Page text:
How did you go about it?

“I managed to get an old version of Ableton and a couple of VSTs as well as an old version of Traktor, they were definitely my two best buddies at the time. I’d spend hours trying to figure out what’s what, can I do this or that. I had zero help, so I had to figure it all on my own which is the best way to learn anything really, not just in music but life in general. It’s also a tip for starters, don’t follow trends or what’s in right now, do your own thing and stick to it. Don’t follow any formulas and never repeat yourself. Always try to be inventive and find your own technique, not techniques that are proven to work. It should be a journey best taken alone.”

What equipment do you have now?

“I’m still completely computer based. An old friend once said: Technology is limiting, creativity is boundless. That’s what kept me going and still does it for me after all these years. It’s not what you have, it’s how you use it and getting the results you want. Some people still can’t believe I do it all on a Personal Computer. I know machines are more flexible and hands on, but I actually enjoy spending hours doodling inside Ableton. My next goal is definitely putting some hardware together and working on playing live.”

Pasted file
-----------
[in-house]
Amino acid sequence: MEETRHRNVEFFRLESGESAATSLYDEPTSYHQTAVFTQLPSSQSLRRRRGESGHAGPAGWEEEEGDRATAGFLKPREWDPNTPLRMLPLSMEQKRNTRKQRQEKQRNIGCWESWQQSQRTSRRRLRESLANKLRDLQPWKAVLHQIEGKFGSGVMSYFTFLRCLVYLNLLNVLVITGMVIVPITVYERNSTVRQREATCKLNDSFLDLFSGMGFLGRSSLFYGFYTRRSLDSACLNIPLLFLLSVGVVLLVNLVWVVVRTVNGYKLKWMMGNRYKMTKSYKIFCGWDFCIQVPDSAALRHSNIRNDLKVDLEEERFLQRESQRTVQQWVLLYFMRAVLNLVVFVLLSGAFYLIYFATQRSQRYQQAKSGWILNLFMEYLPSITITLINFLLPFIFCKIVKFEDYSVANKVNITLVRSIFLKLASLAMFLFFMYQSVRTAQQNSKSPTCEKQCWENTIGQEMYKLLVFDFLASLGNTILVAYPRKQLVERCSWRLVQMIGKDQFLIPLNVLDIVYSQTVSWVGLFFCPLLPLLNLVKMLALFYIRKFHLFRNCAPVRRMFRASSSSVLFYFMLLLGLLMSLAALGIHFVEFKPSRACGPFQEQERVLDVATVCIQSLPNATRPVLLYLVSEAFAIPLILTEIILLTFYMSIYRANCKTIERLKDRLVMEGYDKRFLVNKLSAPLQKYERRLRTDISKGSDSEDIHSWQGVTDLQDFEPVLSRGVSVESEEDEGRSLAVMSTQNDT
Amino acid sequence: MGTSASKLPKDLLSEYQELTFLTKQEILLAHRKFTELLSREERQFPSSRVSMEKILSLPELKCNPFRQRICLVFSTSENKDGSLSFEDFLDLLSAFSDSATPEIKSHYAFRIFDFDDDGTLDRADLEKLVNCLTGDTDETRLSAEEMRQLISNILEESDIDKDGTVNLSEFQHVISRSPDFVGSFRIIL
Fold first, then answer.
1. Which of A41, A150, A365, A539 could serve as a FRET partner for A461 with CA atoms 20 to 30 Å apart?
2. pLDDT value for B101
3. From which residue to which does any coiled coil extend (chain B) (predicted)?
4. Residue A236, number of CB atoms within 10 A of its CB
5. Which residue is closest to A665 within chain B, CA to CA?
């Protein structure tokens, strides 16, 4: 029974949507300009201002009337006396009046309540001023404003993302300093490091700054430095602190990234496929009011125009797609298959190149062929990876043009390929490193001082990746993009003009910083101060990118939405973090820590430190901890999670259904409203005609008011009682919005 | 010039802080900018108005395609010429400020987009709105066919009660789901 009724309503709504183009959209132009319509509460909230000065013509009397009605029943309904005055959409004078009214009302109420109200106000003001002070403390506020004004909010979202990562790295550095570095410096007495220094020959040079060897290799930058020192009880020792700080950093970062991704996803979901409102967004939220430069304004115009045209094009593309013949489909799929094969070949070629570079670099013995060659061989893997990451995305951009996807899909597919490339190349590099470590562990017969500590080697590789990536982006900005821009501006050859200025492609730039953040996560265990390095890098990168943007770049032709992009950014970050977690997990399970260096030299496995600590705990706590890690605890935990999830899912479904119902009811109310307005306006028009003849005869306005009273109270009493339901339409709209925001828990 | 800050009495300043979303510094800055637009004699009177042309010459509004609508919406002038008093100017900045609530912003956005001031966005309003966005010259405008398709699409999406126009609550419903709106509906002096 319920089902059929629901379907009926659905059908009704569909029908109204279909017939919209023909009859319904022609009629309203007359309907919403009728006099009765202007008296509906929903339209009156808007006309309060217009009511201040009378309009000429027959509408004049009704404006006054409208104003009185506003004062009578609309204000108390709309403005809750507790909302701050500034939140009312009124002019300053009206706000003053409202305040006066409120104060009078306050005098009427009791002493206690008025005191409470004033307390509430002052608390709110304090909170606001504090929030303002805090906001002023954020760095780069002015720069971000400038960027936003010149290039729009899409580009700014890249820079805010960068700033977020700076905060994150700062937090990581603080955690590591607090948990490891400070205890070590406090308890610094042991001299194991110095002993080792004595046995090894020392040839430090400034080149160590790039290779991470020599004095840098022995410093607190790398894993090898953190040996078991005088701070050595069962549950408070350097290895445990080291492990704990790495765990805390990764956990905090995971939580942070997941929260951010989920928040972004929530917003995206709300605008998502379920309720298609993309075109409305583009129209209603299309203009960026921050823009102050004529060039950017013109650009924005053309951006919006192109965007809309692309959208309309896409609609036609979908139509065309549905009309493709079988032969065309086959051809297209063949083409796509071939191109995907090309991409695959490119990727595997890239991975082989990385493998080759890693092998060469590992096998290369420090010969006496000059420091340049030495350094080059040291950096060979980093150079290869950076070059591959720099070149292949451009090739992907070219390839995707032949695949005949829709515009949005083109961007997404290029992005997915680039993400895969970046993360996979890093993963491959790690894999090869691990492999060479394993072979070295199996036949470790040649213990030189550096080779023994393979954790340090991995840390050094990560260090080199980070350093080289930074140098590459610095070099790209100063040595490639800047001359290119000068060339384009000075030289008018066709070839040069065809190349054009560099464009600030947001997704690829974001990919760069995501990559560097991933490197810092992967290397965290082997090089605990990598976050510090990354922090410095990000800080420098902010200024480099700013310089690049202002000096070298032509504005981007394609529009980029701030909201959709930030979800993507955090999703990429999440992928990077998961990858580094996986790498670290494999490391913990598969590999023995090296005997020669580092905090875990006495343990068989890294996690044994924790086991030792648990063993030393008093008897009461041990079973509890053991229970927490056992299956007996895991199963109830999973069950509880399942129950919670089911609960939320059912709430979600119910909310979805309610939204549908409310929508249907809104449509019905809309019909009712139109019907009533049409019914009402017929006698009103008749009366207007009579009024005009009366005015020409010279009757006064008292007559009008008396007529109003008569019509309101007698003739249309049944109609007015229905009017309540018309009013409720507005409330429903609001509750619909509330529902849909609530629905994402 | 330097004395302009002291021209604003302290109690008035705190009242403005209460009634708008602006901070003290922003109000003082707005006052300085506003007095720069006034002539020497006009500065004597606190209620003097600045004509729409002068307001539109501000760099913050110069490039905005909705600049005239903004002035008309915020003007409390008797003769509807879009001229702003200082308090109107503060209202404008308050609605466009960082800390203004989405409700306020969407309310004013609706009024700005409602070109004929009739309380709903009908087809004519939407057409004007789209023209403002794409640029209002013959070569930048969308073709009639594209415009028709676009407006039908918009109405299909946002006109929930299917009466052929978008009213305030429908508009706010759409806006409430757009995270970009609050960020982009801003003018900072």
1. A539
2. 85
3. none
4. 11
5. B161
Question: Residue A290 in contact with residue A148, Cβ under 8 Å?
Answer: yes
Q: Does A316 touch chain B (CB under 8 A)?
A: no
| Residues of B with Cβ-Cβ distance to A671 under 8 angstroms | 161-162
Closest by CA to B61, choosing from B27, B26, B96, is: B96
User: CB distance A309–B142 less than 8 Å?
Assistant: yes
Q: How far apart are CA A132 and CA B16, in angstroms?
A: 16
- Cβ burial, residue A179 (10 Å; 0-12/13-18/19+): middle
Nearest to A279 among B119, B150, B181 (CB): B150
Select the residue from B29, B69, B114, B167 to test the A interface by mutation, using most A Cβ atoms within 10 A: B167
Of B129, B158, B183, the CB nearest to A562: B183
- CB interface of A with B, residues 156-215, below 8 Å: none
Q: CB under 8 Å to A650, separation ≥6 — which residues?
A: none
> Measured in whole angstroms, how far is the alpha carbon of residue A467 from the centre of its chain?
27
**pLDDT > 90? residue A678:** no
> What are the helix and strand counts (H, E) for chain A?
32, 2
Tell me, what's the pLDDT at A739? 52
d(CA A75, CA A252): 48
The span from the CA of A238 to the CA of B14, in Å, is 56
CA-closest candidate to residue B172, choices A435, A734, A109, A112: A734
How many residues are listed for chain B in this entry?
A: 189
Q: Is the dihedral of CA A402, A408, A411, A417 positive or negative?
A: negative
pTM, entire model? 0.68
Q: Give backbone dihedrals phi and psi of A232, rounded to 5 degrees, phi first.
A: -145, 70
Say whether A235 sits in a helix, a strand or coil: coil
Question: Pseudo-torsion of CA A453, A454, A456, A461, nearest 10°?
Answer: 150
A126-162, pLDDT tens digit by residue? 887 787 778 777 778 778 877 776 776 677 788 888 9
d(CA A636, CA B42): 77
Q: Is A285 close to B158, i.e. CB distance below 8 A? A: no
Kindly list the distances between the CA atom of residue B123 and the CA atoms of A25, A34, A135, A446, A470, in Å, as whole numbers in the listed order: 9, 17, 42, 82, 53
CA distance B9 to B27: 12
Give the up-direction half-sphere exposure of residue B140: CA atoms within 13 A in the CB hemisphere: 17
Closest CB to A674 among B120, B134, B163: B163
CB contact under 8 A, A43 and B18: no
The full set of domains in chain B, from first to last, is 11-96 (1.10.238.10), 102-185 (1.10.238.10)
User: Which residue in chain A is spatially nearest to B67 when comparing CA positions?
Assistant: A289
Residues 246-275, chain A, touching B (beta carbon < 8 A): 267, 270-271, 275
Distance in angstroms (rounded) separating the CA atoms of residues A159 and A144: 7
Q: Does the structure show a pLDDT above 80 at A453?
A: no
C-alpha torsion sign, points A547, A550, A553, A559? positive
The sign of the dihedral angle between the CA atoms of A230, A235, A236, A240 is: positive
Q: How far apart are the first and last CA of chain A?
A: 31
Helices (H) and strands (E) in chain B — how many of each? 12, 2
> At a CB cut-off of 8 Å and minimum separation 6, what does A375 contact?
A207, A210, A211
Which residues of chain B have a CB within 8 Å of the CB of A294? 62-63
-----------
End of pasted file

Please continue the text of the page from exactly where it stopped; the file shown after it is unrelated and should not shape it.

Do you have a particular approach you take with writing then?

“I always tend to try something different. Atmosphere is very important to me, it’s probably the thing which I base most of my music on. I get easily inspired by a tiny fraction of a sample, a string or a simple chord: I start building from there. Inspiration is everything when it comes to writing music. When I feel like I have captured the right atmosphere, it just flows from there. When I think I’ve finished a tune, I let it sleep for a while and come back after a week or two, sometimes a month. If it still sounds good, it’s a great sign then and it’s ready to take on to the world… haha! As my musical listening and tastes change, so does my mood and I forget about tunes I make, even if they’re great ones. I guess there’s a time and place for every track to be listened to and appreciated, for all that it is.”

Where do you see the line between house and techno?

“It’s a blurry line for sure. I like to experiment with records, and play them at the wrong speed, so most of the time many house records can sound techno when played fast enough and vice versa. But I like to see house and techno as a whole. Both genres have implemented elements from each other, which can only be a good thing. I very much like tunes that are crossing the line between house and techno, it’s the perfect combination and such tunes can be really helpful in everyone’s set.” your most influential records?

What would you say are your most influential records?